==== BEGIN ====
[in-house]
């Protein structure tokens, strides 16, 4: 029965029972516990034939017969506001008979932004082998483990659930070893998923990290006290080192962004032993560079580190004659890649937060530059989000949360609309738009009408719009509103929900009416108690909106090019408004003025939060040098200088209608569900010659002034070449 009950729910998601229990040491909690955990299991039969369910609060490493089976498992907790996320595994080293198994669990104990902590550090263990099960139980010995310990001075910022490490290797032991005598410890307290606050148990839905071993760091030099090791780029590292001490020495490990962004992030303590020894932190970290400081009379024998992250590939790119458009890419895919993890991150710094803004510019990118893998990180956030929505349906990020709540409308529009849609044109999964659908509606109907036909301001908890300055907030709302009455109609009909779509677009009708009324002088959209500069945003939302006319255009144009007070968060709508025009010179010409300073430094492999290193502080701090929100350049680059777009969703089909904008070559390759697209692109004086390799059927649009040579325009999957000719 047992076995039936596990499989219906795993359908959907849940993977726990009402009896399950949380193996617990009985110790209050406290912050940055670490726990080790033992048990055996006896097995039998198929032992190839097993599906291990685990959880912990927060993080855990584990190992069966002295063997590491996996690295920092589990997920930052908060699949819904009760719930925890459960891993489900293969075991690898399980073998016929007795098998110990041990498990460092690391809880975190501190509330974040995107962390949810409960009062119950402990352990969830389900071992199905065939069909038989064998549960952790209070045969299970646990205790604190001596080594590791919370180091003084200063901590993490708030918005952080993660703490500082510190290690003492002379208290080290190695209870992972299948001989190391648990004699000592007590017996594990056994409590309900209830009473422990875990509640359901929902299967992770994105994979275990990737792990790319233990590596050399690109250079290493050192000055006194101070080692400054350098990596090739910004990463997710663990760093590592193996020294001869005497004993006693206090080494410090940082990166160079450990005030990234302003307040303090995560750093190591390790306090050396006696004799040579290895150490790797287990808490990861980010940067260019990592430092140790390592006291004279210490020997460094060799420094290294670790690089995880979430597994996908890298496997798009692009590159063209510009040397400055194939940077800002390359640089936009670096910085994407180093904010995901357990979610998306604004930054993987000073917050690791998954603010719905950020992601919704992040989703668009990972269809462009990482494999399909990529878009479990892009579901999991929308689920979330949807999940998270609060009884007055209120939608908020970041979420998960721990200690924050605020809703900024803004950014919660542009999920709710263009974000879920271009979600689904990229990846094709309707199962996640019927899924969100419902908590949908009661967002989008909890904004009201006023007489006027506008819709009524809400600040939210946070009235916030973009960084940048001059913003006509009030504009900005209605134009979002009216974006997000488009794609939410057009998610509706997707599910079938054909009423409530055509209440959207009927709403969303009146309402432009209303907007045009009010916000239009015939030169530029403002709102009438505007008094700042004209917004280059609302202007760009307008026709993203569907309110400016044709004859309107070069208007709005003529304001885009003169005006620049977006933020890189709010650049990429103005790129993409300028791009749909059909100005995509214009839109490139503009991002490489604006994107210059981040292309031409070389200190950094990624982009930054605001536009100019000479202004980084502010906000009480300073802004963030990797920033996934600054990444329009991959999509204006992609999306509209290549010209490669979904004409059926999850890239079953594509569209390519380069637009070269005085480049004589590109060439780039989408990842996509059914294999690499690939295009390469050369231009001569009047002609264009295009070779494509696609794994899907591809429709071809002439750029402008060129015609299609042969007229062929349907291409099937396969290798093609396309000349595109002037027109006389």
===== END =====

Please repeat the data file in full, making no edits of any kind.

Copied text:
[in-house]
């Protein structure tokens, strides 16, 4: 029965029972516990034939017969506001008979932004082998483990659930070893998923990290006290080192962004032993560079580190004659890649937060530059989000949360609309738009009408719009509103929900009416108690909106090019408004003025939060040098200088209608569900010659002034070449 009950729910998601229990040491909690955990299991039969369910609060490493089976498992907790996320595994080293198994669990104990902590550090263990099960139980010995310990001075910022490490290797032991005598410890307290606050148990839905071993760091030099090791780029590292001490020495490990962004992030303590020894932190970290400081009379024998992250590939790119458009890419895919993890991150710094803004510019990118893998990180956030929505349906990020709540409308529009849609044109999964659908509606109907036909301001908890300055907030709302009455109609009909779509677009009708009324002088959209500069945003939302006319255009144009007070968060709508025009010179010409300073430094492999290193502080701090929100350049680059777009969703089909904008070559390759697209692109004086390799059927649009040579325009999957000719 047992076995039936596990499989219906795993359908959907849940993977726990009402009896399950949380193996617990009985110790209050406290912050940055670490726990080790033992048990055996006896097995039998198929032992190839097993599906291990685990959880912990927060993080855990584990190992069966002295063997590491996996690295920092589990997920930052908060699949819904009760719930925890459960891993489900293969075991690898399980073998016929007795098998110990041990498990460092690391809880975190501190509330974040995107962390949810409960009062119950402990352990969830389900071992199905065939069909038989064998549960952790209070045969299970646990205790604190001596080594590791919370180091003084200063901590993490708030918005952080993660703490500082510190290690003492002379208290080290190695209870992972299948001989190391648990004699000592007590017996594990056994409590309900209830009473422990875990509640359901929902299967992770994105994979275990990737792990790319233990590596050399690109250079290493050192000055006194101070080692400054350098990596090739910004990463997710663990760093590592193996020294001869005497004993006693206090080494410090940082990166160079450990005030990234302003307040303090995560750093190591390790306090050396006696004799040579290895150490790797287990808490990861980010940067260019990592430092140790390592006291004279210490020997460094060799420094290294670790690089995880979430597994996908890298496997798009692009590159063209510009040397400055194939940077800002390359640089936009670096910085994407180093904010995901357990979610998306604004930054993987000073917050690791998954603010719905950020992601919704992040989703668009990972269809462009990482494999399909990529878009479990892009579901999991929308689920979330949807999940998270609060009884007055209120939608908020970041979420998960721990200690924050605020809703900024803004950014919660542009999920709710263009974000879920271009979600689904990229990846094709309707199962996640019927899924969100419902908590949908009661967002989008909890904004009201006023007489006027506008819709009524809400600040939210946070009235916030973009960084940048001059913003006509009030504009900005209605134009979002009216974006997000488009794609939410057009998610509706997707599910079938054909009423409530055509209440959207009927709403969303009146309402432009209303907007045009009010916000239009015939030169530029403002709102009438505007008094700042004209917004280059609302202007760009307008026709993203569907309110400016044709004859309107070069208007709005003529304001885009003169005006620049977006933020890189709010650049990429103005790129993409300028791009749909059909100005995509214009839109490139503009991002490489604006994107210059981040292309031409070389200190950094990624982009930054605001536009100019000479202004980084502010906000009480300073802004963030990797920033996934600054990444329009991959999509204006992609999306509209290549010209490669979904004409059926999850890239079953594509569209390519380069637009070269005085480049004589590109060439780039989408990842996509059914294999690499690939295009390469050369231009001569009047002609264009295009070779494509696609794994899907591809429709071809002439750029402008060129015609299609042969007229062929349907291409099937396969290798093609396309000349595109002037027109006389």